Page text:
Russian artist nails his colours to the mast

Well, not to the mast and not exactly his colours, but otherwise the idiom works.

On 10 November the Petersburg conceptual artist (whatever that means) Pyotr Pavlensky travelled to Moscow to commemorate the annual Russian Police Day.

Or rather, to be more precise, he decided to use the occasion to score some valid political points about police curtailing the freedom of political self-expression.

To demonstrate exactly what he meant, the chap went to Red Square, stripped naked and affixed his scrotum to the pavement with a huge nail hammered into (more likely between) the cobbles.

Western papers coyly ran the photo of the event taken from the side, but Russian websites obligingly provided face-on pictures, thereby exposing both Pyotr’s shortcomings and their own lack of inhibitions.

The police arrived, removed the nail, wrapped the conceptual artist (whatever that means) in a blanket and took him to hospital. He had chosen the site well – had he done the same thing in a less visible place the cops would have probably yanked him to his feet without bothering to remove the nail.

Later Pavlensky was charged with petty hooliganism and released pending trial, where he’ll probably be sentenced to 15 days in prison.

It has to be said that young Pyotr has a bit of previous with that sort of thing.

In July 2012 he had his assistants wrap his naked body in a cocoon of barbed wire and deliver him to the main entrance of the Petersburg Legislative Assembly. In the cocoon he stayed until the police released him with garden shears.

That particular performance was called ‘Carcass’. The aim was to symbolise… well, you can guess what it was supposed to symbolise.

Last July the conceptual artist (whatever that means) went even further, this time to protest against the imprisonment of the Pussy Rioters, the young girls who themselves had protested against something or other by singing obscene rap lyrics in a cathedral. Their prior political action took the form of public copulation in a museum.

In defence of their God-given right to manifest their innermost feelings, Pavlensky turned up at Petersburg’s Kazan Cathedral, his mouth sewn up with a coarse thread. He was carrying a banner saying, “Action of Pussy Riot was a replica of the famous action of Jesus Christ (Matthew.21:12–13)”.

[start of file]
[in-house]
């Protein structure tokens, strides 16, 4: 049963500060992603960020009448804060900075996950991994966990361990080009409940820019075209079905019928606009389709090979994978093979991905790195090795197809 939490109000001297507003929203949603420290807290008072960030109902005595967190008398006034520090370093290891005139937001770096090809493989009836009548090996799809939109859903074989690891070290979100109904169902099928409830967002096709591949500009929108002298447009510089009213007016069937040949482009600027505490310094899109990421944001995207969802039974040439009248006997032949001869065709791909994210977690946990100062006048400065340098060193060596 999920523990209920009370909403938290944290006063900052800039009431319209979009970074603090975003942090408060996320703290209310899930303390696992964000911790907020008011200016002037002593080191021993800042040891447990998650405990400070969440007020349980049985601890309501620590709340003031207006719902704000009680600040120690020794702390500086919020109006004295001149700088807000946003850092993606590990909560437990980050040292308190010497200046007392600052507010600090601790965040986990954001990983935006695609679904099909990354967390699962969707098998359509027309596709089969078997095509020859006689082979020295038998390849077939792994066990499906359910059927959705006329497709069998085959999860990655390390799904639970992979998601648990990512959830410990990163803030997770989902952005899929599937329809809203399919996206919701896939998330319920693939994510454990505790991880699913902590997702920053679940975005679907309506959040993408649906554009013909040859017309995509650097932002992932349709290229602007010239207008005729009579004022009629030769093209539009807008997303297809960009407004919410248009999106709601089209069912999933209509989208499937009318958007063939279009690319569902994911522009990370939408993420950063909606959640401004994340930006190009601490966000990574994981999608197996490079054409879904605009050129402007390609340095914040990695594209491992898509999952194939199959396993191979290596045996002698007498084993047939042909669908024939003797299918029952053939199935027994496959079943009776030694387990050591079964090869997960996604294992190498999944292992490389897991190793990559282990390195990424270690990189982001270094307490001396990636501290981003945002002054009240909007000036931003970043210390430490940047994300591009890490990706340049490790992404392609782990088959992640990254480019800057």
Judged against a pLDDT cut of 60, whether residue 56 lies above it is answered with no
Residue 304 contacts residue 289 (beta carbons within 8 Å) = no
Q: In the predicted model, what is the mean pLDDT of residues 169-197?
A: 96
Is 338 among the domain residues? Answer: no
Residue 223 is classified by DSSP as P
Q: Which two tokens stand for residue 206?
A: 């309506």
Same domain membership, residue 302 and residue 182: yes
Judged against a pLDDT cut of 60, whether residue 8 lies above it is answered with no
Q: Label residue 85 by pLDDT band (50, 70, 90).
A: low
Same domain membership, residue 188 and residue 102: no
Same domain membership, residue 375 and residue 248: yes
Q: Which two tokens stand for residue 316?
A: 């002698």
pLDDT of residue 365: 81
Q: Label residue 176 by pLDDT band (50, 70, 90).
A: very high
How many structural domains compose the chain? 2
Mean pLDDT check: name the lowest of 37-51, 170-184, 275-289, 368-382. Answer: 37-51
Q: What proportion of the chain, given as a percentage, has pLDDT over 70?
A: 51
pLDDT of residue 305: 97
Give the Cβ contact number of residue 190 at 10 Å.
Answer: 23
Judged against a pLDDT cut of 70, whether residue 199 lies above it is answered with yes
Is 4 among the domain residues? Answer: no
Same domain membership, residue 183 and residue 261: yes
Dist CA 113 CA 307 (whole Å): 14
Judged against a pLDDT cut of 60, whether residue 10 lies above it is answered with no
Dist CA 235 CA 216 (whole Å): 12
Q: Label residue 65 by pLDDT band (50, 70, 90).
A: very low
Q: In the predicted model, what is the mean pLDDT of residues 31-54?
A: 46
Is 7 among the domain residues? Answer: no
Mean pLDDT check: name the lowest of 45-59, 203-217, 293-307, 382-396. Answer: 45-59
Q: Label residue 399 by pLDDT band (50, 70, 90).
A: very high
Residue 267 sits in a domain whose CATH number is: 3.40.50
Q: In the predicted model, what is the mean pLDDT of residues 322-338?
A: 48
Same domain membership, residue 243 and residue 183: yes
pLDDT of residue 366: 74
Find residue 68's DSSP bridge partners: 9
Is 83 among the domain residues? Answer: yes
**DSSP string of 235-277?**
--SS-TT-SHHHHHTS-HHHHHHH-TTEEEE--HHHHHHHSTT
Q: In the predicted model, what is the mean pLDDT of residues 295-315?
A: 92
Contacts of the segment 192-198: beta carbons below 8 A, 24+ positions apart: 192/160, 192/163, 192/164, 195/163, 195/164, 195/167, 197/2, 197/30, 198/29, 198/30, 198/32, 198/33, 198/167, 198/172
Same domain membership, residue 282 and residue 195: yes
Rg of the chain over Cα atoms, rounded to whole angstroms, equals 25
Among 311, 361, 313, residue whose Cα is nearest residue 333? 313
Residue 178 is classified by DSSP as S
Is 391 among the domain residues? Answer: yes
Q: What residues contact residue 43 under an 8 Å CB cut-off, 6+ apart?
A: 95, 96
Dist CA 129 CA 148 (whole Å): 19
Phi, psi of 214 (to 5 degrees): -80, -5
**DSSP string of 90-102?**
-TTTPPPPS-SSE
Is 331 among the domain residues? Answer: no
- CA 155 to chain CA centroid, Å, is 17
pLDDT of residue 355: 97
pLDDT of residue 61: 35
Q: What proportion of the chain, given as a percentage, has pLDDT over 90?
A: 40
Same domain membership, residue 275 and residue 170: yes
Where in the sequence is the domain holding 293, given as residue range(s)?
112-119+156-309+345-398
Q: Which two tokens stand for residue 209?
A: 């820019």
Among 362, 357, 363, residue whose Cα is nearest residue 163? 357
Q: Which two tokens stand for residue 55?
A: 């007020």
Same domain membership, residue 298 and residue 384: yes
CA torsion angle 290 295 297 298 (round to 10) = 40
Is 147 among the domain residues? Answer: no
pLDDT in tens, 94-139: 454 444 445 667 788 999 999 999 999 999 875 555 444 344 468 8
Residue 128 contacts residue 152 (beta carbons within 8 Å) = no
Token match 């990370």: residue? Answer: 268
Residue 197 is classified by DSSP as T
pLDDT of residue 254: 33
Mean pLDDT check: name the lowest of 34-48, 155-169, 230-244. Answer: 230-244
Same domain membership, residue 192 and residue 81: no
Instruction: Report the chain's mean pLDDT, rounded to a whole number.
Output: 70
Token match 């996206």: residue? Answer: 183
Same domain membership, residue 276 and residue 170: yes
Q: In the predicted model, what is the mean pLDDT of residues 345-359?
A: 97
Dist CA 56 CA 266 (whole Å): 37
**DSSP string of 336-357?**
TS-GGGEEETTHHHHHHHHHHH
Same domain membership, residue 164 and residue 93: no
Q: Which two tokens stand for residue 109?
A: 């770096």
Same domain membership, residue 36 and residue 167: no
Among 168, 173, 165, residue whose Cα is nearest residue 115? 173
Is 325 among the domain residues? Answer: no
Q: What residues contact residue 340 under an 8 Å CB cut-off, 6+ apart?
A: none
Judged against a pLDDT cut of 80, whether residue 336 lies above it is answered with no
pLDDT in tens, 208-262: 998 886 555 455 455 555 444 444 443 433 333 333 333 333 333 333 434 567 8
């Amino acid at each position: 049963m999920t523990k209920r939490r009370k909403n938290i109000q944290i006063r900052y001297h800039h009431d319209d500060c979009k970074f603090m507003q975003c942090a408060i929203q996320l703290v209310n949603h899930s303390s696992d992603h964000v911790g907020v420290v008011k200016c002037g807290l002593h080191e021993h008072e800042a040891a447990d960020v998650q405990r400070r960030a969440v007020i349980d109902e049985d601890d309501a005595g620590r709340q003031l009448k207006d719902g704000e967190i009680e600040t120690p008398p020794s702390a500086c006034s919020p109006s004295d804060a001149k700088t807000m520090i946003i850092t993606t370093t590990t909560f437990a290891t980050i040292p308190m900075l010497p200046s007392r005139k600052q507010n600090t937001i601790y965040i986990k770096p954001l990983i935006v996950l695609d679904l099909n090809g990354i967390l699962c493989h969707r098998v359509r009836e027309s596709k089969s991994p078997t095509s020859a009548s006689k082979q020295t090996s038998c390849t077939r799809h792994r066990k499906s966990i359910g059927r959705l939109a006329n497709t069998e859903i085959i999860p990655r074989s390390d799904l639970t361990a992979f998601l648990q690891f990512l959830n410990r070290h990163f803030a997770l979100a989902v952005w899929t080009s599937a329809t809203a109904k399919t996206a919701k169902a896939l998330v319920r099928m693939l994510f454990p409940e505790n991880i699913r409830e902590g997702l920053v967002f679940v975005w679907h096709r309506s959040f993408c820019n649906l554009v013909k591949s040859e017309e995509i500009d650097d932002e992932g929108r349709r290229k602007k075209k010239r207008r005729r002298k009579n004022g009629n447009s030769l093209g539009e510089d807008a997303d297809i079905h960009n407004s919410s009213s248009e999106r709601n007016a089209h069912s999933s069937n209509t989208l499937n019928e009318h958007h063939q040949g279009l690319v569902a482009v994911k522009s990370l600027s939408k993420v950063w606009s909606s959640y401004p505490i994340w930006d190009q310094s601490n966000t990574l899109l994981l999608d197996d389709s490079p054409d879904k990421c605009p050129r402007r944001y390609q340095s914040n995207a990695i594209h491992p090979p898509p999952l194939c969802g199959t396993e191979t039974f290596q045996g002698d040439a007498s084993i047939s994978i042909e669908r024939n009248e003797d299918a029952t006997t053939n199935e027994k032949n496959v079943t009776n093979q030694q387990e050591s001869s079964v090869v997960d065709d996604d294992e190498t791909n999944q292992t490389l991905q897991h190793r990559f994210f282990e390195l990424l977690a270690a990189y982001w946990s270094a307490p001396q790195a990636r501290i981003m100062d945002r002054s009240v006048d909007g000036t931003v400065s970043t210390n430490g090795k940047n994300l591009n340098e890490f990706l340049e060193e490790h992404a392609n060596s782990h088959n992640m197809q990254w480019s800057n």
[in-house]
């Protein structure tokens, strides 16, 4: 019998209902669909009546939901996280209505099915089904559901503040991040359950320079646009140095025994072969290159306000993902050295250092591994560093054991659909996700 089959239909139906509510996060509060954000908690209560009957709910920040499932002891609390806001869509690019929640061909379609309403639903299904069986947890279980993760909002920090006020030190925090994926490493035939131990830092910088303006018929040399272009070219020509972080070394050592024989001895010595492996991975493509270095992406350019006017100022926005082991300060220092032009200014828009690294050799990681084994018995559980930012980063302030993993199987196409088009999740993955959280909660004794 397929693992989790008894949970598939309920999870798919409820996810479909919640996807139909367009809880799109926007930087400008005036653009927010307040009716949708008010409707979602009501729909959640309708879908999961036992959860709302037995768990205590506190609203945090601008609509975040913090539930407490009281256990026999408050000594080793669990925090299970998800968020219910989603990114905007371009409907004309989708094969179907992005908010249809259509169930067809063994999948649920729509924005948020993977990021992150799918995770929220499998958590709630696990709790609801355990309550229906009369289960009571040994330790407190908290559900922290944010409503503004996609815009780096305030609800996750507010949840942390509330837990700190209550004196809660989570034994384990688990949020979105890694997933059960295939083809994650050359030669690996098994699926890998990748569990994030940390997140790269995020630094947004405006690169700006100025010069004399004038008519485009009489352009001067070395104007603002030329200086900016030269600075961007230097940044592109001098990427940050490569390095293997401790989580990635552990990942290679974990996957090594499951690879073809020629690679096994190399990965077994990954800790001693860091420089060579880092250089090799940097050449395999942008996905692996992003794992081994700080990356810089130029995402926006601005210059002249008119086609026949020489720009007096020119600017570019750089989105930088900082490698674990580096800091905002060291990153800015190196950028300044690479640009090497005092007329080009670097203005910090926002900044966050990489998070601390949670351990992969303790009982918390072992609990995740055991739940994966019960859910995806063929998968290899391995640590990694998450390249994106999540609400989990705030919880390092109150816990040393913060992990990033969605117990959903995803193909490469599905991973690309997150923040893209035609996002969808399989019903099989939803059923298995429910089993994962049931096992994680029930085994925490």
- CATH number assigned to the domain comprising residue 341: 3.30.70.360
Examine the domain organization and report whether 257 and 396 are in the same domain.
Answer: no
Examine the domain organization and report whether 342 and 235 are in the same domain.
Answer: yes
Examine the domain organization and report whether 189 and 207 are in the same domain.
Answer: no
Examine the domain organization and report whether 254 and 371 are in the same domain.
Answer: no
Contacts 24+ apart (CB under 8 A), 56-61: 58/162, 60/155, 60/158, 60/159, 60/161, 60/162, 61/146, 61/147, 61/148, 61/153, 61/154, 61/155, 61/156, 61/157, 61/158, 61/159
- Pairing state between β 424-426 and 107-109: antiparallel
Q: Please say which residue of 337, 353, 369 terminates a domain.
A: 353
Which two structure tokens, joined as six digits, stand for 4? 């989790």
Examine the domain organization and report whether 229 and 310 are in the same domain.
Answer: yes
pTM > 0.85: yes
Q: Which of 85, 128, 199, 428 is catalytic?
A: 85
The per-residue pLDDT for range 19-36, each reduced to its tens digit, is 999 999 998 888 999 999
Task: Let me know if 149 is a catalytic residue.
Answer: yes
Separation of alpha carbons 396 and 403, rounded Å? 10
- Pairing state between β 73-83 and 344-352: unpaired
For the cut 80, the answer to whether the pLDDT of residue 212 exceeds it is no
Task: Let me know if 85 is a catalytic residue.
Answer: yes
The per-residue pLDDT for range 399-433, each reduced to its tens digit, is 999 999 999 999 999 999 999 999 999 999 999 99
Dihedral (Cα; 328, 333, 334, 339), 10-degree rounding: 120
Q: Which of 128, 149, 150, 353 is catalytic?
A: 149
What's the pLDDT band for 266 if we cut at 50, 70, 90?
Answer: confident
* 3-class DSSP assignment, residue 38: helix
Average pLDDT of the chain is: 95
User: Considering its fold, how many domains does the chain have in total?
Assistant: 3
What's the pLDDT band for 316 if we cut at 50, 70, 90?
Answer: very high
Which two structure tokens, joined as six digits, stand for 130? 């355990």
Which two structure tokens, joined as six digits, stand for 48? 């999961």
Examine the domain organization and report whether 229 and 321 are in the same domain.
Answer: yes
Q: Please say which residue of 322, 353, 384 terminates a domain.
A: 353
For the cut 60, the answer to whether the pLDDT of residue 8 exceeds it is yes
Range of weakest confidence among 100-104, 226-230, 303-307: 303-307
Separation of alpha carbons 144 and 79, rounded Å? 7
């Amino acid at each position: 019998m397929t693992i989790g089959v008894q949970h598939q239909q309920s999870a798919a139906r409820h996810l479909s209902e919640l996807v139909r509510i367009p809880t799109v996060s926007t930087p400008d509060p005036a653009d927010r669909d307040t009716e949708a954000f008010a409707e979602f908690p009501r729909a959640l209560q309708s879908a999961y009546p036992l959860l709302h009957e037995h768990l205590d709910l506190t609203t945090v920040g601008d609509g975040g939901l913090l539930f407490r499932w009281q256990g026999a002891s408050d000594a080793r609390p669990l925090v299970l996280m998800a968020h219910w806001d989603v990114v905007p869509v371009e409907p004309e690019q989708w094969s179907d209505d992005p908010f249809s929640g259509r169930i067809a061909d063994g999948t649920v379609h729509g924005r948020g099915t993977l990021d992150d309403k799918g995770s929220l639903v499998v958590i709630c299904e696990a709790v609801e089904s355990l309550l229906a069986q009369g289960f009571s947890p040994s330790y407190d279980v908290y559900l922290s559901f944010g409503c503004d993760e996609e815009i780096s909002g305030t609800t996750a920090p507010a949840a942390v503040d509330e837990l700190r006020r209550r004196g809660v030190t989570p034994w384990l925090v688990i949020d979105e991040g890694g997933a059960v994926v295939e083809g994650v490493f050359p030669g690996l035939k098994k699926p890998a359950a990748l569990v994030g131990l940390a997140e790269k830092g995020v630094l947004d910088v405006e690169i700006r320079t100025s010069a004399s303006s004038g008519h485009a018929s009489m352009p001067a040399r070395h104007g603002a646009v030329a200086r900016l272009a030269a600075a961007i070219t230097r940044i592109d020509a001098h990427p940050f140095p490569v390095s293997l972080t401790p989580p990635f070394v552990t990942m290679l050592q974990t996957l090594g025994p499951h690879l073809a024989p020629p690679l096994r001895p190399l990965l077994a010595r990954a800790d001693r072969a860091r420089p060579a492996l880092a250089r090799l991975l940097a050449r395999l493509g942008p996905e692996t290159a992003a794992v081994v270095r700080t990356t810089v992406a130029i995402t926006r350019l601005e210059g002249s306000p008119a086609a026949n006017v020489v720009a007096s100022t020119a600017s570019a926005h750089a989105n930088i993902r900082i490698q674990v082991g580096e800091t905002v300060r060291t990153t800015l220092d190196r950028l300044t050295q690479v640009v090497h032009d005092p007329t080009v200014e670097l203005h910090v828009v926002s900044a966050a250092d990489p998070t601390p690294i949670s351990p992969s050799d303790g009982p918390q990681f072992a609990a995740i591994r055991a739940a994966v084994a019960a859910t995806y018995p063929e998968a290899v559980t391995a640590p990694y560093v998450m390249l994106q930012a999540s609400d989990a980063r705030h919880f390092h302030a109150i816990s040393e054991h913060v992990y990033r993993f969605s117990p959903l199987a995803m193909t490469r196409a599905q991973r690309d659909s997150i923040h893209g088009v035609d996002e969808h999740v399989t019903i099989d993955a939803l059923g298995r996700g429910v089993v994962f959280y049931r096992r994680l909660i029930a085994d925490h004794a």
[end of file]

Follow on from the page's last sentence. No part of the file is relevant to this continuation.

Without entering into a full-blown theological debate, one should instead comment on the lamentable state of Russian psychiatry. For after his protest was all sewn up, Pyotr was examined by shrinks and found sane.

His latest stunt was called ‘Fixation’ – by affixing his private parts to the cobbles he was making a statement about the people’s fixation on something they shouldn’t be fixated on, not sure what. A bit weak as far as visual puns go, especially in the original Russian, but there we have it.

“A naked artist, looking at his testicles nailed to the cobblestone is a metaphor of apathy, political indifference and fatalism of Russian society,” declared Pavlensky in his statement to the media. I suppose this clarifies the matter.

Far be it from me to suggest that there’s nothing to protest against in Putin’s Russia. On the contrary, Russia is already bearing many hallmarks of a fascist state, and things are getting worse.

But surely every normal person must realise that the escapades of an obvious madman or of a couple of blasphemous whores compromise and trivialise all serious protest? The next time a meaningful anti-Putin action is undertaken it will be lumped together with self-mutilation, blasphemy and public indecency.

Yes, any normal person would probably realise this. That’s why it’s particularly worrying to read comments by the crème de la crème of the Russian intelligentsia. One may get the impression that normal Russians are in short supply. To wit:

Kirill Serebrennikov, film director: “…A powerful gesture of absolute despair… The action is called ‘Fixation’… Affixing one’s sex organs to the cobbles of the country’s main square is a fixation on one’s own impotence… Everything is perfectly honest.”

Marat Gelman, political technologist (whatever that means): “I think it’s a sign of despair. I think, yes, a normal person won’t act in this way. But evidently the situation in the country isn’t normal. This is certainly no longer an act of protest. It’s a MANIFESTO OF IMPOTENCE.” Also its possible cause, the cynic in me is tempted to add.

Irina Kosterina, culturologist (whatever that means): “Personally, this kind of body art makes me feel terrible physical discomfort, shock and incomprehension of how it’s possible to DO THIS TO ONE’S BODY. But the meaning and message are absolutely intelligible: this is political art-activism. Alas, those to whom this message is addressed aren’t sufficiently advanced to understand it.”

Neither am I and neither, I suspect, are you. However, if you still think there’s hope for Russia yet, such comments – and I could cite many more ad infinitum – should disabuse you of this notion.

A country is utterly hopeless when its intellectual elite sees disgusting self-mutilation as a legitimate form of political protest. As to the frankly pathetic attempts to intellectualise madness, Russia has a long, if not necessarily honourable, tradition along those lines.

I am however curious how the conceptual artist (whatever that means) would protest against ‘homophobia’, another burr under his blanket. Actually, forget it. This sort of thing doesn’t bear thinking about so close to night-time.

Leave a Reply

Your email address will not be published. Required fields are marked *

This site uses Akismet to reduce spam. Learn how your comment data is processed.